Can Dogs See All Colors?

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Introduction

Humans have always viewed animals as mysterious. From their hunting skills to their excellent hearing and smelling capabilities, dogs intrigue humans. While much is known about the exceptional hearing and sense of smell that dogs have, not nearly as much is known about their eyes.

Most people have been told for their entire lives that dogs can only see in black and white, but researchers have proven that that isn’t true. This new information into the sight of dogs can help owners better understand their pet and his or her perspective on the world. In this article, we will delve into what colors dogs can see.

Signs Your Dog Can't See All Colors

While it has been scientifically proven that dogs can see a limited range of colors, you may have already come to this conclusion on your own with a little extra observation. 

First, it is probably obvious that your dog doesn’t see the world in the same way that you do. Their eye shape and structure is not the same as a human's eye. Second, you may have seen your dog “lose” an object in the grass during an intense game of fetch. This could be due to the color of the ball versus the color grass. Since dogs mainly see shades of yellow and blue, using a red or green ball on the green grass can make it difficult for your dog to see the ball.

Strangely enough, a lot of dog toys come in reds, greens, pinks, oranges, and purples. A dog can tell that red isn't the same as blue, but they are unable to differentiate between red and green. The inability to distinguish between all these colors often makes it hard for your dog to see certain things. Objects can blend into their surroundings and your dog might not even notice that they are there.

Body Language

While you know that dogs can see some colors and not others, they also exhibit body language signs that show what they can and cannot see. Here are some body language signs you may notice:
  • Staring
  • Alert
  • Head tilting
  • Wag tail

Other Signs

Other signs that dogs can see some, but not all, colors include:
  • Searching for Green or Red Toys in the Grass
  • Favoring Toys in Colors They Can See
  • Choosing One Toy Over Another Due to Color

History of Dogs Seeing Color

In the 1930s, the founder of National Dog Week, Will Judy, told the whole world that dogs have poor vision. He said that dogs could only see outline and shapes, and that they could only see in varying shades of black and white. While Judy was wrong in his theory, people believed this common myth for decades before someone else came up with a new one.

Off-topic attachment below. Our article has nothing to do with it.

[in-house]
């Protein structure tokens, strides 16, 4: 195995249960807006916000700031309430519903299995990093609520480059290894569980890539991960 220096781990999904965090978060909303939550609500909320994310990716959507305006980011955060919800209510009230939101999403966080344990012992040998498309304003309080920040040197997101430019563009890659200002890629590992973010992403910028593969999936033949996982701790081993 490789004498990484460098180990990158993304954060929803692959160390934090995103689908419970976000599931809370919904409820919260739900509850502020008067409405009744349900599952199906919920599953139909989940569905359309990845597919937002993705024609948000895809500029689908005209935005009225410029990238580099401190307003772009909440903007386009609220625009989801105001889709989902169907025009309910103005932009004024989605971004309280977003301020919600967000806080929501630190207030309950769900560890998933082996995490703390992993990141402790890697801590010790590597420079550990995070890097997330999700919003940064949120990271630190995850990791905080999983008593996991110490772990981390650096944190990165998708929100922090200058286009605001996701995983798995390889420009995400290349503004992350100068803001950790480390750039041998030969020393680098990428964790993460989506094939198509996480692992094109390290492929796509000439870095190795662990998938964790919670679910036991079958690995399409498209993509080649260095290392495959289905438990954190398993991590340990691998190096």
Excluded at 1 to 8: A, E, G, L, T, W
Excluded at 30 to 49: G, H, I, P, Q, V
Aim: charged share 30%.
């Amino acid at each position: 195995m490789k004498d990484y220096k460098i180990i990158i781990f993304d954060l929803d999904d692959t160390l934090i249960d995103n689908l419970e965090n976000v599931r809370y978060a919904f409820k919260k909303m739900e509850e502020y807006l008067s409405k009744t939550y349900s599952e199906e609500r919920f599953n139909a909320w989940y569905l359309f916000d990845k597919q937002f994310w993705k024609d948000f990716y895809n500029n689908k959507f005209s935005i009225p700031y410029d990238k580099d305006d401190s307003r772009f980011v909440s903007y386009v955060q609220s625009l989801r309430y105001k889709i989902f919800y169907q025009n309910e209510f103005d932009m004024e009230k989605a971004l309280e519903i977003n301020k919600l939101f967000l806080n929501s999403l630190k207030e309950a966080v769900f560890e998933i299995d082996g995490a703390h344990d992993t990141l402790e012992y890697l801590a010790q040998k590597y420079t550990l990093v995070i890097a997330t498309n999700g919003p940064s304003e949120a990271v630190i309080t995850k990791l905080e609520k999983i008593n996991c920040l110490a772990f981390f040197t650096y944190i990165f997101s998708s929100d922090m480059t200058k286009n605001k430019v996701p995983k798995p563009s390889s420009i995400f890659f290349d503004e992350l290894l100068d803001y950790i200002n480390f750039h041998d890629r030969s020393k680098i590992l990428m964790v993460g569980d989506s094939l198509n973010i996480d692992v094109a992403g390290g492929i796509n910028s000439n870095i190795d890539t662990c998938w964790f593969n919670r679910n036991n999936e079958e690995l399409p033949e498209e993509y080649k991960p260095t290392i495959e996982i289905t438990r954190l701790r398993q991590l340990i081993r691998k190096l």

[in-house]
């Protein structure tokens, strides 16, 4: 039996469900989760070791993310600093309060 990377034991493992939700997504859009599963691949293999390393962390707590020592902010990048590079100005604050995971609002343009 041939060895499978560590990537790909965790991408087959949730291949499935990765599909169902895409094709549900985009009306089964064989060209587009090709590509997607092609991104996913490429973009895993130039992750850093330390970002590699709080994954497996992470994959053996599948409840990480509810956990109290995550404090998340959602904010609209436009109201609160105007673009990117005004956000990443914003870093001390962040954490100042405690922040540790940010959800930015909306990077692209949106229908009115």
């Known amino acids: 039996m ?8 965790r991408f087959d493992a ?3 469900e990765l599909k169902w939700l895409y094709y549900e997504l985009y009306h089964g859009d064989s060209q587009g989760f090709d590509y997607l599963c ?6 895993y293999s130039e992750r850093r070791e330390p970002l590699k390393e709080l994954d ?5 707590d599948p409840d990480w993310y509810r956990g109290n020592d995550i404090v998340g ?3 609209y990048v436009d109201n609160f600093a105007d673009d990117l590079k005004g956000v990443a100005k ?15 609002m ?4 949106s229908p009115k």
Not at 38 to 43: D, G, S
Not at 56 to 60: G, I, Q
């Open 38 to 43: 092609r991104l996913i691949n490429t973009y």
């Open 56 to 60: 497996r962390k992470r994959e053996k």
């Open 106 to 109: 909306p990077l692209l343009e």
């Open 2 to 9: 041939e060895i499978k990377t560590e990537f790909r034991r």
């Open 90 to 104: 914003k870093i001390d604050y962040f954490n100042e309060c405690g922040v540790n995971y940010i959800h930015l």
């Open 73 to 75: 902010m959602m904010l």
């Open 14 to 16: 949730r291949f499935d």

In the 1960s, scientists theorized that primates were the only group of species that could see in color like humans. While there was no research to back up this claim, people took it to be a fact for a long time. This theory further pressed the myth that dogs could only see in black and white and led to very little research on dogs’ vision for the next 40 or so years.

In 2013, Russian scientists disproved Judy with an experiment that led to the discovery that dogs could see a limited color range, but that they definitely could see some colors. During this study, they also learned that dogs can distinguish between different objects and pick them out of a lineup.

So, why can’t dogs see like humans do? It has something to do with the structure of their eyes. Let’s learn more.

Science Behind Dogs Seeing Color

To understand why dogs see the way that they do, scientists looked at the physical structure of the eye, which is very different than that of a human. First, your dog’s retina is not the same as yours. All retinas are composed of rods, cones, and ganglion cells. While ganglion cells don’t have much to do with vision, the rods and cones of both dogs and humans are different.

Dogs have more rods than humans, so they can see better in low-light and dark situations than people, but humans have more cones. Cones control the perception of color. Humans have three different kinds of cones, while dogs only have two. These missing cones would allow your dog to see reds and greens, but without them, your dog can’t see those hues. Instead, they only see shades of blue and yellow.

Dealing With Dogs Seeing Color

Now that you know how your dog sees and why, it is time to learn how to deal with the facts. Fortunately, dogs don’t seem to mind not being able to see the full-color spectrum that humans do. However, some fun can be had with your pet regardless of their abilities to see colors.

In his book “How To Train Your Dog to Talk: 125 Easy-To-Learn Tricks Guaranteed to Entertain Both You and Your Pet,” Arthur J. Haggerty discusses how he trains dogs to sort clothing into different laundry baskets based on whether they are white or colored. Haggerty used the commands “white” and “colors” to teach dogs to sort white items into one laundry basket and colored clothing into a separate basket. This trick proves that dogs can at least tell the difference between white things and “other” colors, even though most colored articles of clothing will look similar to your pet.

You can also use this training to teach your dog to pick up and sort its toys by the same color groups. It is important, however, that you keep your expectations in check. You don’t want to be disappointed in your dog when they can’t perform the tasks you are asking. 

This knowledge about your dog’s ability to see the world not only helps you better understand your pet, but it also gives you a deeper connection to your dog.

How to React To Your Dog Seeing Color

  • Cater to how your dog sees color in their daily life.
  • Buy your dog toys in colors that he or she can see properly.
  • Teach your dog to recognize colors they can see for a fun new trick.